It was all a matter of interpretation.
But it was the difference between West Valley’s Quinn Sharpe perhaps winning a state championship and finishing third at the State AA wrestling tournament.
Sharpe was leading White River’s eventual champion Scott Tugby 5-2 on a near-fall move that came close to, if not being, a pin.
A round later, Tugby earned reversal and near fall points for a 7-5 win with a move that WV Coach Bill Bauman protested as illegal.
“It is illustrated in the rule book as being illegal if pressure is applied at the elbow,” said Bauman.
“The referee ruled there was no pressure and it was not on the elbow. Obviously Quinn is a good wrestler and is real tough. He would not roll over unless pressure was applied.”
Besides, said Bauman, “In my mind also, he had the kid pinned earlier.”
Sharpe was this year’s district 101-pound champion as a sophomore and finished third during regional. He beat ultimate state runnerup Shawn Reyes of Eastmont.
“He was disappointed in his regional finish,” Bauman said. “We focused on the need to get to the state tournament and redeem himself.”
Sharpe won four of five matches in Tacoma, once by technical fall and twice by pin, including over Region IV champion Pablo Melo, to place third.
“Quinn had a good attitude about it and didn’t focus on the loss,” said Bauman. “We knew he could beat anybody at state and he proved that.”
Never underestimate heart
His older brother Jay was there to console Casey Stookey through the tears.
The two-time sixth-place state finisher had just witnessed a gallant second-place effort by the unheralded 122-pounder.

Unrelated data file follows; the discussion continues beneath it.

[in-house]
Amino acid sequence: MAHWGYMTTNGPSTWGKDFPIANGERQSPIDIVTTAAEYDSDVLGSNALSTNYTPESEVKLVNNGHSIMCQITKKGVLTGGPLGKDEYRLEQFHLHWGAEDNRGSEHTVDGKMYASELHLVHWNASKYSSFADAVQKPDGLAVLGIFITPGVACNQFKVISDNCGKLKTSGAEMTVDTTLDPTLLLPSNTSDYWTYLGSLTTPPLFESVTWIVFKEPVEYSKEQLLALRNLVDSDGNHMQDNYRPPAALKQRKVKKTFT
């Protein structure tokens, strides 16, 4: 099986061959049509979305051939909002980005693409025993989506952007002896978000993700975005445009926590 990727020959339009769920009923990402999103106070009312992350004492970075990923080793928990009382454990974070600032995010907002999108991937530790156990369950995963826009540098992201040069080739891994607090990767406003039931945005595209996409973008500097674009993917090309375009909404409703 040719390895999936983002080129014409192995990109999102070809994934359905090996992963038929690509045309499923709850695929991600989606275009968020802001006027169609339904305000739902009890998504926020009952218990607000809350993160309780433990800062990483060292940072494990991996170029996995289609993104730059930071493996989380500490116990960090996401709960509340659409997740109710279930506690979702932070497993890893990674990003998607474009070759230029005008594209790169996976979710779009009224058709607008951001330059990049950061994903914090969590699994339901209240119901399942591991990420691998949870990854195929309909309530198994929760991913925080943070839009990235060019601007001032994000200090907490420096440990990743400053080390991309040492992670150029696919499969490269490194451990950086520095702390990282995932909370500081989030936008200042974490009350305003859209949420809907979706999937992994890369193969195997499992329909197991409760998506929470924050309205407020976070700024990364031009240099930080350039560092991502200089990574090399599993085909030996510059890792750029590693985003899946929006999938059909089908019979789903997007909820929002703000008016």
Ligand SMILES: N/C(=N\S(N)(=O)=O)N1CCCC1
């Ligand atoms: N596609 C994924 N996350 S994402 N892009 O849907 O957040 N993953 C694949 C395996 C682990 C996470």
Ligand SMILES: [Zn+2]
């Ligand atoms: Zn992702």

Like most of the Frontier League’s state entrants, Casey Stookey had finished just third in regional to qualify for state and faced a hard road at state.
Once there, his refusal to lose resulted in three straight victories, including a dramatic three-overtime 5-4 win in the semifinals. That match included a third-period escape and an ability to avoid returning state placer Dave Ragsdale’s numerous takedown tries.
One more escape meant an exhuberant celebration and a spot in the finals.
“It was the greatest feeling in the world,” said Stookey.
Were it not for an early second-period six-point flurry by Othello’s Benji Villareal, he might have been the longest of long-shot champions.
“I never expected to get rolled over like that,” said Stookey. “Although it’s disappointing it’s better to know you’re at the top.”
An amazing season
A year ago WV’s Jeremy Thornton was living at Morning Star Boys Ranch and wrestled for Ferris where he compiled an 8-18 record.
This year, living on his own and working to help support himself, Thornton compiled a 32-8 record and sixth-place state finish.
He did so by winning twice to reach the semifinals before losing his final two matches.
“I always liked basketball but sucked at it real bad,” said Thornton. “I had no clue about wrestling but decided to try it and liked it a lot.”
After two years at West Valley, he landed at Morning Star.
“My mom was worried about me getting into trouble,” he said. “I didn’t fit in well with my stepparents.”
Out on his own this year, he returned to West Valley. With it came a new-found wrestling style and success.
“I knew he could place,” said Coach Bill Bauman. “Never an explosive wrestler, he keeps things close. He improved a lot and his confidence became better after the first couple of tournaments.”
How other wrestlers fared
After winning his opener, two-time third-placer Aaron Lehinger of West Valley lost by four points to state runnerup Jordon Ottow of Monroe and was eventually ousted.
“He helped us at 115 pounds, but in the long run it hurt him,” said Bauman. “I think he was a 108-pounder who tried things that would have worked on a smaller kid.”
East Valley freshman Justin Walker, senior Troy Campbell also went 1-2, and EV senior Matt Eastman was 0-2.
West Valley’s Paul Pfeifer and Freeman’s Dustin Reed also were 0-2.